A Queer History Of The United States
I wanted to love "A Queer History of the United States." Author Michael Bronski wrote "Pulp Friction," a delightful book about paperback gay pulp fiction of the 1950s. There hasn’t been a comprehensive gay-oriented history of the United States since Jonathan Ned Katz’s landmark "Gay American History: Lesbians and Gay Men in the U.S.A." in 1976.
The book starts with an explanation that Bronski sees history books as either photographs or a film. It’s a potentially useful analogy: Of the two fathers of history, Herodotus is the photographer; Thucydides, the filmmaker. He also states that he uses Howard Zinn’s "People’s History of the United States," a landmark work that manages to be lively and informative while taking a distinct and polemical point of view.
But Bronski, who is a professor of Women’s and Gender Studies at Dartmouth University, succumbs to the most unfortunate impulses of those (pseudo?) disciplines. As someone who has suffered through the tortures of would-be reporters and reviewers, recent graduates of such departments, I can testify that way too much of what passes for scholarship therein are spit-up catch phrases and buzzwords.
And so proceeds Bronski’s beat. The problems come early. Take a sentence like this: "France, Spain, the Netherlands, and Great Britain viewed the Americas as potential financial and political windfalls, and they embarked on myriad destructive colonization projects."
While that’s not something I disagree with, it’s historically controversial. Yes, there are certain things a reliable historian can take for granted. Slavery was evil. The Holocaust happened. The United State government did not carry out the attack on the World Trade Center.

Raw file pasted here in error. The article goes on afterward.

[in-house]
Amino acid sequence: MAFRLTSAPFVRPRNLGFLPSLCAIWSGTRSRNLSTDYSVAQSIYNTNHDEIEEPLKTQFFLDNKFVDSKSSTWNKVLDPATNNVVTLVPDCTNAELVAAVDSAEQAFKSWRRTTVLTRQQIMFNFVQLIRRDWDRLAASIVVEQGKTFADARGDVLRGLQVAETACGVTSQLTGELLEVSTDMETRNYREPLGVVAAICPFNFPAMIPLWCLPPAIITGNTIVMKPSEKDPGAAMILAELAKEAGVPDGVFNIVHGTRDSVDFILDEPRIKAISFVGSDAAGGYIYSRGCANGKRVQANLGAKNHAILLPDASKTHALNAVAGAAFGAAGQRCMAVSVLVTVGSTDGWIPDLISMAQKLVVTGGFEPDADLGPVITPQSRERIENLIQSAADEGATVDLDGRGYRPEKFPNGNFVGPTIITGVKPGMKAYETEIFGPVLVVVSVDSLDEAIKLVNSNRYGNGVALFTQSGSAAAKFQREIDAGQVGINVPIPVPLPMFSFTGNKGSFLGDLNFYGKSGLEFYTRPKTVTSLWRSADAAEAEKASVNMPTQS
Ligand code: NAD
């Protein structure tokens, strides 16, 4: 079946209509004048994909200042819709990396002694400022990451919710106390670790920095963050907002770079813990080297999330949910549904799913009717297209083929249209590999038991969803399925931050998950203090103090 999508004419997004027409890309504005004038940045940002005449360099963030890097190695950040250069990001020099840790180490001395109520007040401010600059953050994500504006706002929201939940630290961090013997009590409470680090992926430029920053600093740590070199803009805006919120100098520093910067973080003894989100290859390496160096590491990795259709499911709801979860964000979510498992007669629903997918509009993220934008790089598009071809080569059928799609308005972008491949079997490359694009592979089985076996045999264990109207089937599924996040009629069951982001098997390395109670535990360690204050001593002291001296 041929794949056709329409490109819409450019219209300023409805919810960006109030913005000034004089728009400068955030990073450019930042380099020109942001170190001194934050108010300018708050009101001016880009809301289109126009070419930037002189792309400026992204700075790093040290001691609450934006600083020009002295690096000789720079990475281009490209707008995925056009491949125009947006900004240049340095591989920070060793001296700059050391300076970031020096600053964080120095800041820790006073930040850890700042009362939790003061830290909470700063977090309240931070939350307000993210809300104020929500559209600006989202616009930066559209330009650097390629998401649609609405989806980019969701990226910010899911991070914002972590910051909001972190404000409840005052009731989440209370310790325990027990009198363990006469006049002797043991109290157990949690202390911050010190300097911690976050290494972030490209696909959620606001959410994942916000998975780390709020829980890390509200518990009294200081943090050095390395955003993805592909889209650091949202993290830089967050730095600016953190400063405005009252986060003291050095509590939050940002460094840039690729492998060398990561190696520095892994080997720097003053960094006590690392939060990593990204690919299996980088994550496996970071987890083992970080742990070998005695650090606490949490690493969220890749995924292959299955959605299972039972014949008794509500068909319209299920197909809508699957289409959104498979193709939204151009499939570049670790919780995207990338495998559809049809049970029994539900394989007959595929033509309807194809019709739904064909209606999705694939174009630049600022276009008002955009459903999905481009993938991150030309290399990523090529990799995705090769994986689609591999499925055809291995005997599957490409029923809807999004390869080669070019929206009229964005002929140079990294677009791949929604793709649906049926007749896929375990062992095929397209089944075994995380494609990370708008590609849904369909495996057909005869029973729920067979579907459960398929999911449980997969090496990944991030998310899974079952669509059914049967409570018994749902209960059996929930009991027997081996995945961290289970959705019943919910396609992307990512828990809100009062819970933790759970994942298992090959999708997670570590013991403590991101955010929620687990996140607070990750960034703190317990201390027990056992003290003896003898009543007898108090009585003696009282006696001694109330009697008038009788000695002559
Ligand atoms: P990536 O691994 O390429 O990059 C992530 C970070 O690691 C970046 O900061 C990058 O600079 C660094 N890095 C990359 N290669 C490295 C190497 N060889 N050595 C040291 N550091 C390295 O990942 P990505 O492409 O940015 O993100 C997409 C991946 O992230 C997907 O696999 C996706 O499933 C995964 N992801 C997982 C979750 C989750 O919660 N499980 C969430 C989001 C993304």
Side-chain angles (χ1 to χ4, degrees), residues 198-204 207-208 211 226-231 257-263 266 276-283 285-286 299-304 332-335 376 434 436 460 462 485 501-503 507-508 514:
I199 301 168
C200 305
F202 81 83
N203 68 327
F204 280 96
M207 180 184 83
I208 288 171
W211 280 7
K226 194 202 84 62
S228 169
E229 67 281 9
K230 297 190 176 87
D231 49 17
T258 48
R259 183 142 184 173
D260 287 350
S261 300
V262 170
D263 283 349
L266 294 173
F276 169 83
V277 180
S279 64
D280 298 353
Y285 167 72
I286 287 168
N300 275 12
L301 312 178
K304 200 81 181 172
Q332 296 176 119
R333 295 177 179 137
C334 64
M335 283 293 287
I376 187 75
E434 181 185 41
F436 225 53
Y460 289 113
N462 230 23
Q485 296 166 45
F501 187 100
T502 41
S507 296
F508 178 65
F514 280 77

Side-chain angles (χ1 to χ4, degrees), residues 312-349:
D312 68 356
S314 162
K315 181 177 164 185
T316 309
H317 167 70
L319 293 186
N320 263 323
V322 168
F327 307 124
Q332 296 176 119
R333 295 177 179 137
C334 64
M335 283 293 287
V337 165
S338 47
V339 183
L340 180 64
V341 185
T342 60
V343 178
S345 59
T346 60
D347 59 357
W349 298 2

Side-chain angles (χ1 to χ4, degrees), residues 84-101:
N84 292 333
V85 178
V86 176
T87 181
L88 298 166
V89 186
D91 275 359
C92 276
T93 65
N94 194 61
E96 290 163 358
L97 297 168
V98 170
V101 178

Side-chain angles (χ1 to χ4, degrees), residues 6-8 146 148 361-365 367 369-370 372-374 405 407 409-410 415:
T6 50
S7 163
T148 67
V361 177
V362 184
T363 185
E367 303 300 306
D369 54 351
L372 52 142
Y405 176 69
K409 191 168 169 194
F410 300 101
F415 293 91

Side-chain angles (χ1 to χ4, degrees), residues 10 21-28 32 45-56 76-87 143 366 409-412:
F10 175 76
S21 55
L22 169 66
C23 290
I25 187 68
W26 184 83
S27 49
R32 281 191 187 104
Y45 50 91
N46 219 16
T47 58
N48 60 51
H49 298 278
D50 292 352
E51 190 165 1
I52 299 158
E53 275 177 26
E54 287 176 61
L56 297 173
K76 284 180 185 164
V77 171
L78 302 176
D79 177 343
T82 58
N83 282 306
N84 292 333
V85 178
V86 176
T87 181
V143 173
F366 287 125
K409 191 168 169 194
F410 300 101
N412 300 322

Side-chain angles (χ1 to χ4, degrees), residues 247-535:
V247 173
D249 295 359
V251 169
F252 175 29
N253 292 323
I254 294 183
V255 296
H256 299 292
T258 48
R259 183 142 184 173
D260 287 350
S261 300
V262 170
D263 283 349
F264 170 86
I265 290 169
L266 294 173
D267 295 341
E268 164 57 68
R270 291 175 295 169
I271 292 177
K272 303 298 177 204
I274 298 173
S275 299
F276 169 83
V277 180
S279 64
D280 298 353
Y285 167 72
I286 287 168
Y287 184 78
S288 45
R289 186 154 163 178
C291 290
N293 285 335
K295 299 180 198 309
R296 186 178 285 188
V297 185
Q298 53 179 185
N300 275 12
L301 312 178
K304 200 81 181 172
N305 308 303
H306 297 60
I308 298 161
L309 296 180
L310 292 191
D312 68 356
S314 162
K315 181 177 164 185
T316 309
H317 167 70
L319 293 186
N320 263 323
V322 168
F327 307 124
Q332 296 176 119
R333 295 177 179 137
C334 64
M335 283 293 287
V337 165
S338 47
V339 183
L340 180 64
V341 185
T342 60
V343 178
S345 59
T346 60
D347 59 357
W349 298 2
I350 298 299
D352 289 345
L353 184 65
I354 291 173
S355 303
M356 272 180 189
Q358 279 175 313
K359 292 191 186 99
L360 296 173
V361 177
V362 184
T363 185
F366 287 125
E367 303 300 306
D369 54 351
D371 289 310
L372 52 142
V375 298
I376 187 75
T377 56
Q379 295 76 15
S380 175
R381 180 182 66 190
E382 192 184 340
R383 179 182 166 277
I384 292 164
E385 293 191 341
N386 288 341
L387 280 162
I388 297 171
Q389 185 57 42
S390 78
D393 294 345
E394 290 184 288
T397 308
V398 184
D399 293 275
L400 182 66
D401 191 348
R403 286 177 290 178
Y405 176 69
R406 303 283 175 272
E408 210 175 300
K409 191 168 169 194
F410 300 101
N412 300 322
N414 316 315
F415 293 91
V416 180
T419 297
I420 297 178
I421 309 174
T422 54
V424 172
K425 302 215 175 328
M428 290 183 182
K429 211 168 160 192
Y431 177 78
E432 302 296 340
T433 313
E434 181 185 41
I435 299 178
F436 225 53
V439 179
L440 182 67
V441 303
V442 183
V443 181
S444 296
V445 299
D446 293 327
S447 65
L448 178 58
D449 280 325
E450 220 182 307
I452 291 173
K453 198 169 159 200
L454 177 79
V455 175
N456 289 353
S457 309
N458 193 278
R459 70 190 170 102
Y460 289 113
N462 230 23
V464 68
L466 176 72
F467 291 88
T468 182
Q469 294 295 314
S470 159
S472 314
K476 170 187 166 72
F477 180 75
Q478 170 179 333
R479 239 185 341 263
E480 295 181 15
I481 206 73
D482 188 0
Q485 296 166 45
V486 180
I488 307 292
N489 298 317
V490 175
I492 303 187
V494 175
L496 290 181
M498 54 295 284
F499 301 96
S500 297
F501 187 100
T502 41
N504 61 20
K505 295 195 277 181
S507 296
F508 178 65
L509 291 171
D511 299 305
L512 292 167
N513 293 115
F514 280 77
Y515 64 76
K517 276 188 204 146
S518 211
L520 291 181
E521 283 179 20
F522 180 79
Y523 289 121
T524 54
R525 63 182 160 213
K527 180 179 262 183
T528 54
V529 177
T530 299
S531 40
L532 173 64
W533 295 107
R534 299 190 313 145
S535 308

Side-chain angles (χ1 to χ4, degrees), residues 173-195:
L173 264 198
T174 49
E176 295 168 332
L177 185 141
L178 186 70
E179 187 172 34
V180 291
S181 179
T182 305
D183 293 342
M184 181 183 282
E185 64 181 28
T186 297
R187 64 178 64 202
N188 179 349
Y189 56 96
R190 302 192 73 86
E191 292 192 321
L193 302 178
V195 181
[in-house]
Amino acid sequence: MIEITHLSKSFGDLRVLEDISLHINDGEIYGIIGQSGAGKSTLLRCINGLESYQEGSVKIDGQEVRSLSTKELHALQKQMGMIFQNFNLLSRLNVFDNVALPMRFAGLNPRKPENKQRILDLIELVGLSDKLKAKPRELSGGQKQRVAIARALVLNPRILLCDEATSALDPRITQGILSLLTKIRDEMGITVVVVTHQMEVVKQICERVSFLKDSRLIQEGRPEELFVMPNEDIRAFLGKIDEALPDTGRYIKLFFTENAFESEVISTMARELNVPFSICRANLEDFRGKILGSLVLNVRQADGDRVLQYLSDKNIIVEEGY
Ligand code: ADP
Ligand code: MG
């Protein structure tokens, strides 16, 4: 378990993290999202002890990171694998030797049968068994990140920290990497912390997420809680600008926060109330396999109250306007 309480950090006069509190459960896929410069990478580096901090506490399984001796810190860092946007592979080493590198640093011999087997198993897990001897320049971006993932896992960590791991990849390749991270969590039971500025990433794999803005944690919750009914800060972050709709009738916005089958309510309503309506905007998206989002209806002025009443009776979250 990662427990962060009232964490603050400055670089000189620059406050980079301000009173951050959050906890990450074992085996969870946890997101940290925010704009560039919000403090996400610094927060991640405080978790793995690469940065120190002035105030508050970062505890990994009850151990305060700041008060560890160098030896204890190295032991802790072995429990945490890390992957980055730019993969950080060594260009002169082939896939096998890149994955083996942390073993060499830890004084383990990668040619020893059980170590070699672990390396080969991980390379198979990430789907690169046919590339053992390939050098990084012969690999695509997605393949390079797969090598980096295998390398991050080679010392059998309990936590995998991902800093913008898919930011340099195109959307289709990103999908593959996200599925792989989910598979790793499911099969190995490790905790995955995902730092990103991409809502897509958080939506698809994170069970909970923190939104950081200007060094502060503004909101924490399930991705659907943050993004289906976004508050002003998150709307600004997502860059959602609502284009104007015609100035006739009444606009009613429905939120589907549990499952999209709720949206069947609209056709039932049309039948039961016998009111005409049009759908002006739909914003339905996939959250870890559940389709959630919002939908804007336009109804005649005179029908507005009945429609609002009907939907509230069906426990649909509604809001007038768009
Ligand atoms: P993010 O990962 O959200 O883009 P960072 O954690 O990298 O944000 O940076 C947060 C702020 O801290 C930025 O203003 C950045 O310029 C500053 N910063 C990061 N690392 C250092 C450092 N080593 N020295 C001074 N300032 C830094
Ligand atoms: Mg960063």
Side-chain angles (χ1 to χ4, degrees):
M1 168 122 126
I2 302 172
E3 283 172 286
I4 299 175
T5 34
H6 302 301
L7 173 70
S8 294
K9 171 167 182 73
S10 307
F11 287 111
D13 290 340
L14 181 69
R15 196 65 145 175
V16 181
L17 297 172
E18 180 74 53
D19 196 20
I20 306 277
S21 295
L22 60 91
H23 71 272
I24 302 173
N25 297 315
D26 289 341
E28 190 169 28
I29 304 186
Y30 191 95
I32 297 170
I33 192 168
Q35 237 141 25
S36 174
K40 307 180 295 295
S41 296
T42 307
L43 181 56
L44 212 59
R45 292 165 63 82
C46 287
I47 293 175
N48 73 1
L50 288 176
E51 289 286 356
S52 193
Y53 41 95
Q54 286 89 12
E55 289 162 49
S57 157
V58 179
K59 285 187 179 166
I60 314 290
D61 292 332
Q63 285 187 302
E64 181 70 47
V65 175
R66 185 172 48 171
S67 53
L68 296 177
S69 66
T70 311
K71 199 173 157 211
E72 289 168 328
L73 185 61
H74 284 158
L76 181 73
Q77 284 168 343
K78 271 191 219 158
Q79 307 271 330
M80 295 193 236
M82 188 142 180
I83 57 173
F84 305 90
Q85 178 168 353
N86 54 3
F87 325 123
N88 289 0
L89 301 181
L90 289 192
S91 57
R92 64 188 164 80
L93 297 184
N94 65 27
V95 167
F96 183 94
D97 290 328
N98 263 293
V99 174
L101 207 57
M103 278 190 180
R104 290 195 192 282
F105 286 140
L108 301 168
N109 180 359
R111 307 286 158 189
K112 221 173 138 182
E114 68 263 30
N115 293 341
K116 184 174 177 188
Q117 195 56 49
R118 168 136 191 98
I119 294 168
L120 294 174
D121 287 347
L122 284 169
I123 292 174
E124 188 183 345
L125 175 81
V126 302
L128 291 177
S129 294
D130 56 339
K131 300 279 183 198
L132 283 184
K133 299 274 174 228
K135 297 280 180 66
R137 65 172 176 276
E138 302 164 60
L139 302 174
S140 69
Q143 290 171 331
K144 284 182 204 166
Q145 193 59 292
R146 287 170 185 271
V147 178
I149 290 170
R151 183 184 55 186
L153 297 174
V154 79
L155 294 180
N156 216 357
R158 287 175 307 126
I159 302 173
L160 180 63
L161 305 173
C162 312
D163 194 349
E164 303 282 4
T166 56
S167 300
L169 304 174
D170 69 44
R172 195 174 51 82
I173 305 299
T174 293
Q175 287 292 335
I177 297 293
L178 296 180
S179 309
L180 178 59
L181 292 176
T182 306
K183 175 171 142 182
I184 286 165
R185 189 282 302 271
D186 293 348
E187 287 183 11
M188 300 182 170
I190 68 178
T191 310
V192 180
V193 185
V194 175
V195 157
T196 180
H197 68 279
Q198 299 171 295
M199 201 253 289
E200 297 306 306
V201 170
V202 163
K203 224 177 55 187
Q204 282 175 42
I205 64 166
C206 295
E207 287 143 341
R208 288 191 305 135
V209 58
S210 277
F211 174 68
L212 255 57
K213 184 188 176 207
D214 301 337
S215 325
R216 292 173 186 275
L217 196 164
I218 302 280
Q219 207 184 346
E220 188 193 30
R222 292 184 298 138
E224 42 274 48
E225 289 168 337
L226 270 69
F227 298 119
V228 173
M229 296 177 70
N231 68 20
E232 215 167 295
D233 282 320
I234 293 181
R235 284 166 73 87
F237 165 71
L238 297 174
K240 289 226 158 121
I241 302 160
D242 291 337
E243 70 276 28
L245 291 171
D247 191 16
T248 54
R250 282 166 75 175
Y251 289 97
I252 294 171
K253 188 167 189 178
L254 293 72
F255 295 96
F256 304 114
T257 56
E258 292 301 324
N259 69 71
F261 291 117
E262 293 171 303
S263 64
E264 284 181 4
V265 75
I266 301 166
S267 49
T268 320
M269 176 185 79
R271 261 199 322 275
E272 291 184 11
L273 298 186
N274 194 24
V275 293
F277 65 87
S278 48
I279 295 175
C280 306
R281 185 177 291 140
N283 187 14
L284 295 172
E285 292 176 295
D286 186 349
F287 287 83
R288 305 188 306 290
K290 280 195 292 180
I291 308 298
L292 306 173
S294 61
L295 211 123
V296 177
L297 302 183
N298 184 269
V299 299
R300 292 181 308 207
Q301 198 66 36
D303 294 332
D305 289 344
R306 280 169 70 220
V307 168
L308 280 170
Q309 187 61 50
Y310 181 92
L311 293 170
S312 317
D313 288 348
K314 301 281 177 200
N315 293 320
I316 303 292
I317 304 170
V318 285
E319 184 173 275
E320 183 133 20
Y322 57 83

To reduce the European adventure in America to something simply "destructive," however, at the very least necessitates background. Otherwise, leave it out. The book is full of such simplistic statements, given as fact.
The chapter on the Puritans is more responsible, largely because Bronski relies on reliable sources, such as a court survey by the Boston Gay History Project. There is the now-typical discussion of the benign view of same-sex relationships and intersexed person among Native Americans. While I certainly believe these peoples got the worst possible treatment by settlers, Bronski (along with others) doesn’t convince me of the "noble savage" argument that they were inherently superior to white men in their structure or behavior.
There’s some good stuff in here, especially about the Civil War, when affection among men seemed to have been looked on as an extension of Christ-like love, and women were downright expected to have emotional resonances with each other. But then there are long passages and even whole chapters that deal with abstract concepts like the formation of an American vision of manhood, or the women’s movement.
In a book about such a vast subject that barely runs 250 pages, this is a waste of valuable real estate. For example, there is a long passage about Teddy Roosevelt’s personal triumph over his childhood ailments.
Where Bronski really goes off the rails, however, is in the continual conflating of the struggles of women, blacks, the poor and immigrants with gay men and lesbians. This is a passage typical of such broad statements: "The labor movement profoundly influenced the LGBT movement by conceptualizing workers not as individuals, but as a class of people who are treated unjustly."